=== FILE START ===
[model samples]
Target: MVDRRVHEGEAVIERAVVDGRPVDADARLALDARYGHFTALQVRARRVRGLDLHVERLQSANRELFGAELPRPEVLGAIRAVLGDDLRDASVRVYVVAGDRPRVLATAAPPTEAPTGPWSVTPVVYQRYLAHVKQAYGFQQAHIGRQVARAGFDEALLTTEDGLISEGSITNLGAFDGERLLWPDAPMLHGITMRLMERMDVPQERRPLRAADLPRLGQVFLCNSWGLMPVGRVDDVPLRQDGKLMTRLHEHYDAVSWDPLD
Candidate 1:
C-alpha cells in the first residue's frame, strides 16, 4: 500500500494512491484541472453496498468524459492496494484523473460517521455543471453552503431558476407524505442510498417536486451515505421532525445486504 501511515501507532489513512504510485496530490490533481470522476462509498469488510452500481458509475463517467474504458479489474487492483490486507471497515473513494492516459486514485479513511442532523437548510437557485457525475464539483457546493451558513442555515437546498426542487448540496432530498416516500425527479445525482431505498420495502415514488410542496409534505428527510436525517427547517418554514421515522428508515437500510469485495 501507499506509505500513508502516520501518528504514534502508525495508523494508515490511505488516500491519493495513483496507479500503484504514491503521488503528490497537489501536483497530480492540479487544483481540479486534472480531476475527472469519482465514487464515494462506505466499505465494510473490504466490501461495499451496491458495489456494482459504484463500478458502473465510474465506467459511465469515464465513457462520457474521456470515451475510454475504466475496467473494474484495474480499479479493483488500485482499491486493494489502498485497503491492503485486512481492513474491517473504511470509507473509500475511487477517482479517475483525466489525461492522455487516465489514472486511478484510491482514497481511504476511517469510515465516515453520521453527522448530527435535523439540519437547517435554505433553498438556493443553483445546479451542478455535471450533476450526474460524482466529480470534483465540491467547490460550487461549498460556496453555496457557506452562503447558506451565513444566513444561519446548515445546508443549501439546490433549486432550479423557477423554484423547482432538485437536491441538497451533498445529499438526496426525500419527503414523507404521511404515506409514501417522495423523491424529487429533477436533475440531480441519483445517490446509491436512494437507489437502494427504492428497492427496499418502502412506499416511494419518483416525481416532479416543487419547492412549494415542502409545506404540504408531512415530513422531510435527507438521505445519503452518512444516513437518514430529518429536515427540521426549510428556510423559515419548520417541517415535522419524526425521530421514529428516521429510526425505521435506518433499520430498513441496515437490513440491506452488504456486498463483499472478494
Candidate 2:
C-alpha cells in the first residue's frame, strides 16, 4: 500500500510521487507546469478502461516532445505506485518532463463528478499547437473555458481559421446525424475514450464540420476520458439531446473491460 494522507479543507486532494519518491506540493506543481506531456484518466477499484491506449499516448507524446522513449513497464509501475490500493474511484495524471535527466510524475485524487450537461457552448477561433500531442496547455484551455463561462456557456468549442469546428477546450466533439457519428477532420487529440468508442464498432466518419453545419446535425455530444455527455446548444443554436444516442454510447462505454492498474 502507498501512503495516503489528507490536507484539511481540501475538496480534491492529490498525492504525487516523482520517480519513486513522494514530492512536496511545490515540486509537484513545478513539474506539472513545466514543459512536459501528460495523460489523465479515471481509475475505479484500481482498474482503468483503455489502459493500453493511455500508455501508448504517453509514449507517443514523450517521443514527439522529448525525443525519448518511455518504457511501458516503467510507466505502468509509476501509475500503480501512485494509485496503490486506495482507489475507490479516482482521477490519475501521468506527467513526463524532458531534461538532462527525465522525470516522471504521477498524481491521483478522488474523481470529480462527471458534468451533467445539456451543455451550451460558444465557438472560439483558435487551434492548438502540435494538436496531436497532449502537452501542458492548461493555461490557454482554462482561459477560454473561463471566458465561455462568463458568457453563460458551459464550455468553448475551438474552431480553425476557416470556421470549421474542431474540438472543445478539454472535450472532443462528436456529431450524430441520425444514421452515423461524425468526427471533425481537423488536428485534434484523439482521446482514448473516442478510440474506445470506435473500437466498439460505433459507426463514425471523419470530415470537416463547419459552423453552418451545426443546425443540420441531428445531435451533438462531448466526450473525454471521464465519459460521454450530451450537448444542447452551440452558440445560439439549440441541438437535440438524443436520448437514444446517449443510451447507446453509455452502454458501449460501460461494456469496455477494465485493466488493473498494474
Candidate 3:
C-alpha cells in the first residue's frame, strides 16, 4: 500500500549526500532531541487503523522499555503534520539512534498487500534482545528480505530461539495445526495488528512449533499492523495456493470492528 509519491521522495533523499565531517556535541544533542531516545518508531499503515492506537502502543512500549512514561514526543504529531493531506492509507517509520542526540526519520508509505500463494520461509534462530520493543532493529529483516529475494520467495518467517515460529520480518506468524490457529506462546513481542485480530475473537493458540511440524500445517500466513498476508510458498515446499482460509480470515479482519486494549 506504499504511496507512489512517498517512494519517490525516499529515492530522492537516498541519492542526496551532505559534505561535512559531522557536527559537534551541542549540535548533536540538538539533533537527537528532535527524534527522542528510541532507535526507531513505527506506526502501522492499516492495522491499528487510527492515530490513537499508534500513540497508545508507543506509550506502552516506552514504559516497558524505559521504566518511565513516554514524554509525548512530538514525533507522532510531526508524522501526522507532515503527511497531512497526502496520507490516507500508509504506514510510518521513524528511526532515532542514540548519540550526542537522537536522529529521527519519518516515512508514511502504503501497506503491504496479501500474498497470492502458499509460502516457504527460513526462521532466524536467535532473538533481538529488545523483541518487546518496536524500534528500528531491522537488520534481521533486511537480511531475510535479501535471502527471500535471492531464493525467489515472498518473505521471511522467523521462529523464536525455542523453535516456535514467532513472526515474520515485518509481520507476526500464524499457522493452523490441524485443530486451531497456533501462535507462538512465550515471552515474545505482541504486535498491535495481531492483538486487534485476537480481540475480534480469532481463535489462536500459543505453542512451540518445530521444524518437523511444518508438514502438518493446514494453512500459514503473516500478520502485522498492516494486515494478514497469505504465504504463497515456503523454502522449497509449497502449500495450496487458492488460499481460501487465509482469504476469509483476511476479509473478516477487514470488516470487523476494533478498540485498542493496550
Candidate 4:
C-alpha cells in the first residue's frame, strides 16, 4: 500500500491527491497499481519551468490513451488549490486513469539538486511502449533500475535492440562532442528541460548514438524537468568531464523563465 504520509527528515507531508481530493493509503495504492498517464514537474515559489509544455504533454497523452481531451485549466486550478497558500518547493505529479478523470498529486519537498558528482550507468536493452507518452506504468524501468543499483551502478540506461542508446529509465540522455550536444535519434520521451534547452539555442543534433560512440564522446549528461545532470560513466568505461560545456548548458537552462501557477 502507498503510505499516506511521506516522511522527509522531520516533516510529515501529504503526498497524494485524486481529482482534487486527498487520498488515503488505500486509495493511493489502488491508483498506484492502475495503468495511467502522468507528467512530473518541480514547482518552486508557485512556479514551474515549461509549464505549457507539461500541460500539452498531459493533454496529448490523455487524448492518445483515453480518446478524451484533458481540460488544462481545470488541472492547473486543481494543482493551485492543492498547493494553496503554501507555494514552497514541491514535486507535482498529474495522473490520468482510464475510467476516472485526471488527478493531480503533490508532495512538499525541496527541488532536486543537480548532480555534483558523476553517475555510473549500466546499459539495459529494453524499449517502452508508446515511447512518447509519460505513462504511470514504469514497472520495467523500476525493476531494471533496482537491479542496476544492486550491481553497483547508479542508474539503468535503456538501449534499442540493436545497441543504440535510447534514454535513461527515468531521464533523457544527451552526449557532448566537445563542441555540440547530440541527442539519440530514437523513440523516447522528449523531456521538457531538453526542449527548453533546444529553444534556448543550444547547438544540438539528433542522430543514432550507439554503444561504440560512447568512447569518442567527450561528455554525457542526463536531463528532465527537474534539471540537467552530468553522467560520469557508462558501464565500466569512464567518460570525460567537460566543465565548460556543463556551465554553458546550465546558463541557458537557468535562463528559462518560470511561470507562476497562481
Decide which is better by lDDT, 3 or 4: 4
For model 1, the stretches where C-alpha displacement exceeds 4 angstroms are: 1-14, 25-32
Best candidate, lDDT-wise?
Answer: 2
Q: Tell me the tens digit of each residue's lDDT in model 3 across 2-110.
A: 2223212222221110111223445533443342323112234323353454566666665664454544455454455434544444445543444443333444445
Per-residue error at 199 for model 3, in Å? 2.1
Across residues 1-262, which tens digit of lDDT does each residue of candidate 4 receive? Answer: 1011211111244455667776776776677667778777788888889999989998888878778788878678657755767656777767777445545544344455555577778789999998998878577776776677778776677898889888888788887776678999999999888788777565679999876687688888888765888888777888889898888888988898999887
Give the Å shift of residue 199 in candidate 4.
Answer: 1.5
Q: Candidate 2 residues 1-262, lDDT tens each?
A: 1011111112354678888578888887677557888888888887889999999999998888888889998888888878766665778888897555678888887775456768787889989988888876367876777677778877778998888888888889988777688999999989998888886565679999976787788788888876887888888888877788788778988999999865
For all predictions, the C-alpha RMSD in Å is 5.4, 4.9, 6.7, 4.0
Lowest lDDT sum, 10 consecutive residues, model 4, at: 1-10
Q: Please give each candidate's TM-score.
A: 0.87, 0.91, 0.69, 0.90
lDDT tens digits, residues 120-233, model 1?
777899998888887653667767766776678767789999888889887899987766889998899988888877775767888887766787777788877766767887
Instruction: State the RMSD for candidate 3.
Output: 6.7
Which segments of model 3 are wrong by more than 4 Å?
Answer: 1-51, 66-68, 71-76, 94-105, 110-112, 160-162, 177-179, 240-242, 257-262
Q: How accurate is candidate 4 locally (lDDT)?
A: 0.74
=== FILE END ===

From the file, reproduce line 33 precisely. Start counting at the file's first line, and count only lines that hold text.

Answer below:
Q: How accurate is candidate 4 locally (lDDT)?